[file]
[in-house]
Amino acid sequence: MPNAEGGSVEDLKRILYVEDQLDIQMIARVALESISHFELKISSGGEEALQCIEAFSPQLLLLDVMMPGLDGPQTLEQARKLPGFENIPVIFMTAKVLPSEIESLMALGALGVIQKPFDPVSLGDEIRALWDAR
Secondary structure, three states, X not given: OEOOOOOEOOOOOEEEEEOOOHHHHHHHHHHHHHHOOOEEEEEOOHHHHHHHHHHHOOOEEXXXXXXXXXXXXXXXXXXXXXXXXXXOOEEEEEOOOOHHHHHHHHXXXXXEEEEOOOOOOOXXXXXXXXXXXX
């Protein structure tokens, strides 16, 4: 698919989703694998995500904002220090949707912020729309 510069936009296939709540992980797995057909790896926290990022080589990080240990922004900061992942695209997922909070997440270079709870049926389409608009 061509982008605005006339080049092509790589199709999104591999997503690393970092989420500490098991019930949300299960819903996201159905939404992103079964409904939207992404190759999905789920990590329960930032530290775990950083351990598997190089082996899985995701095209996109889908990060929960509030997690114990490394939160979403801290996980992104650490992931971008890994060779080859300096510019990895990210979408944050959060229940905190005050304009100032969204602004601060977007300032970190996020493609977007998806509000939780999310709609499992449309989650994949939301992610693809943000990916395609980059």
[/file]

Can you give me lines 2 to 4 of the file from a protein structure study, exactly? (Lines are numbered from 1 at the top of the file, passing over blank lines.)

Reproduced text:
Amino acid sequence: MPNAEGGSVEDLKRILYVEDQLDIQMIARVALESISHFELKISSGGEEALQCIEAFSPQLLLLDVMMPGLDGPQTLEQARKLPGFENIPVIFMTAKVLPSEIESLMALGALGVIQKPFDPVSLGDEIRALWDAR
Secondary structure, three states, X not given: OEOOOOOEOOOOOEEEEEOOOHHHHHHHHHHHHHHOOOEEEEEOOHHHHHHHHHHHOOOEEXXXXXXXXXXXXXXXXXXXXXXXXXXOOEEEEEOOOOHHHHHHHHXXXXXEEEEOOOOOOOXXXXXXXXXXXX
């Protein structure tokens, strides 16, 4: 698919989703694998995500904002220090949707912020729309 510069936009296939709540992980797995057909790896926290990022080589990080240990922004900061992942695209997922909070997440270079709870049926389409608009 061509982008605005006339080049092509790589199709999104591999997503690393970092989420500490098991019930949300299960819903996201159905939404992103079964409904939207992404190759999905789920990590329960930032530290775990950083351990598997190089082996899985995701095209996109889908990060929960509030997690114990490394939160979403801290996980992104650490992931971008890994060779080859300096510019990895990210979408944050959060229940905190005050304009100032969204602004601060977007300032970190996020493609977007998806509000939780999310709609499992449309989650994949939301992610693809943000990916395609980059």